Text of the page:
Funnily enough too - if you read Acts - you will see that the Apostles and their followers did live in a sort of collectivist association where everyone brought money to the cause. Also Paul said that true religion takes care of the widow and orphan this makes us realize along with the freedoms comes dire responsibility.
Thank you, Mel.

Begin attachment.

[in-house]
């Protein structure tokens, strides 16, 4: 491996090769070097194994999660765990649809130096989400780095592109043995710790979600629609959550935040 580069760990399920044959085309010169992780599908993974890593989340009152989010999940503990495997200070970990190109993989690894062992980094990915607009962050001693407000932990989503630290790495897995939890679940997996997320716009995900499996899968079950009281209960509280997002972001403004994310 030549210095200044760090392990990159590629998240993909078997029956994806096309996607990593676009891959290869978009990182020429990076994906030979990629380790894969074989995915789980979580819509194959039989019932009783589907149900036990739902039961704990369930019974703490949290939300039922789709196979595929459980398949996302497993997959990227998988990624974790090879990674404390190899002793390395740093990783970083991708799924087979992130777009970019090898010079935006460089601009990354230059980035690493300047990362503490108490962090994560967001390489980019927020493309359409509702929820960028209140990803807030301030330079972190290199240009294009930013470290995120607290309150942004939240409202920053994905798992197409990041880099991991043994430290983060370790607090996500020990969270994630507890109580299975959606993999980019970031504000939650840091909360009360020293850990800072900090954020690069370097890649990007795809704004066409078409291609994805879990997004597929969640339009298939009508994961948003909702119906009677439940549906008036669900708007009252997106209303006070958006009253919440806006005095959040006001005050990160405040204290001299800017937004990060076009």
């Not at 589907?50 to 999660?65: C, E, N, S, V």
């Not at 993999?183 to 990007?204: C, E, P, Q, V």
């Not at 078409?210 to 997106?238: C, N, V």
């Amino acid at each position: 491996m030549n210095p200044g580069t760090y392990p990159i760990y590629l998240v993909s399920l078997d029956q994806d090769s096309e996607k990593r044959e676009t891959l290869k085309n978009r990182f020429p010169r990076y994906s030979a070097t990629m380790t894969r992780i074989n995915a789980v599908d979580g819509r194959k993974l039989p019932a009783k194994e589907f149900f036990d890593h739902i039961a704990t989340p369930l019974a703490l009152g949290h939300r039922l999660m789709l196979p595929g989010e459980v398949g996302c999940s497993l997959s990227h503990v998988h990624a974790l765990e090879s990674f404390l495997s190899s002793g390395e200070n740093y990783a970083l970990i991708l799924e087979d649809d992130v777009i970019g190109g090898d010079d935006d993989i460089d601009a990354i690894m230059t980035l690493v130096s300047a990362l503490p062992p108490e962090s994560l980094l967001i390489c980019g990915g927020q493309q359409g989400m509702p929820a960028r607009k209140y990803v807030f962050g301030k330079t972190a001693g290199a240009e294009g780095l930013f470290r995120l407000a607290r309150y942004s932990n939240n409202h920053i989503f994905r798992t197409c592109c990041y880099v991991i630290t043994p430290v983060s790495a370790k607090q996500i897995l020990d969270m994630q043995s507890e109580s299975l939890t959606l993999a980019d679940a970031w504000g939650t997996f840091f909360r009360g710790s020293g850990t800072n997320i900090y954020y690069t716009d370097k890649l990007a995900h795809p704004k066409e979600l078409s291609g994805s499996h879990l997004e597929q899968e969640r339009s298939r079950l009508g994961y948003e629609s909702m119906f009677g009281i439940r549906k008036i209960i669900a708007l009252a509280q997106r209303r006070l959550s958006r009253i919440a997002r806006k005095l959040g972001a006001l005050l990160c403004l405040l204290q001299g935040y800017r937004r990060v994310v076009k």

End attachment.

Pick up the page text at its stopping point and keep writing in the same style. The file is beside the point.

The communism of the Jerusalem Church reflected that the community was under siege and under a sort of martial law. Everybody was to pitch in, as their very survival was at stake. It was a “lifeboat” situation. There is not much in the experience to inform us of how to organize society under normal circumstances. Well, that’s the way most people have read Acts. But, if you’re into the Christian communist point of view, you wouldn’t be the first one. Christians have been forming voluntary communes all through the centuries, including the pilgrims who came here on the Mayflower, and the Shakers, and the Hutterites. Most of these experiments in communism fail. Some re-organize or simply evolve into more or less indistinguishable individualistic communities. The Shakers, one of the most successful communist experiments in history, died out as they became suspicious that those who would join were only interested in inheriting the wealth they had built up. The Hutterites are going as strong as ever and like the Amish, who technically speaking are communist, but cooperatists, are a great testimony to the Christian faith.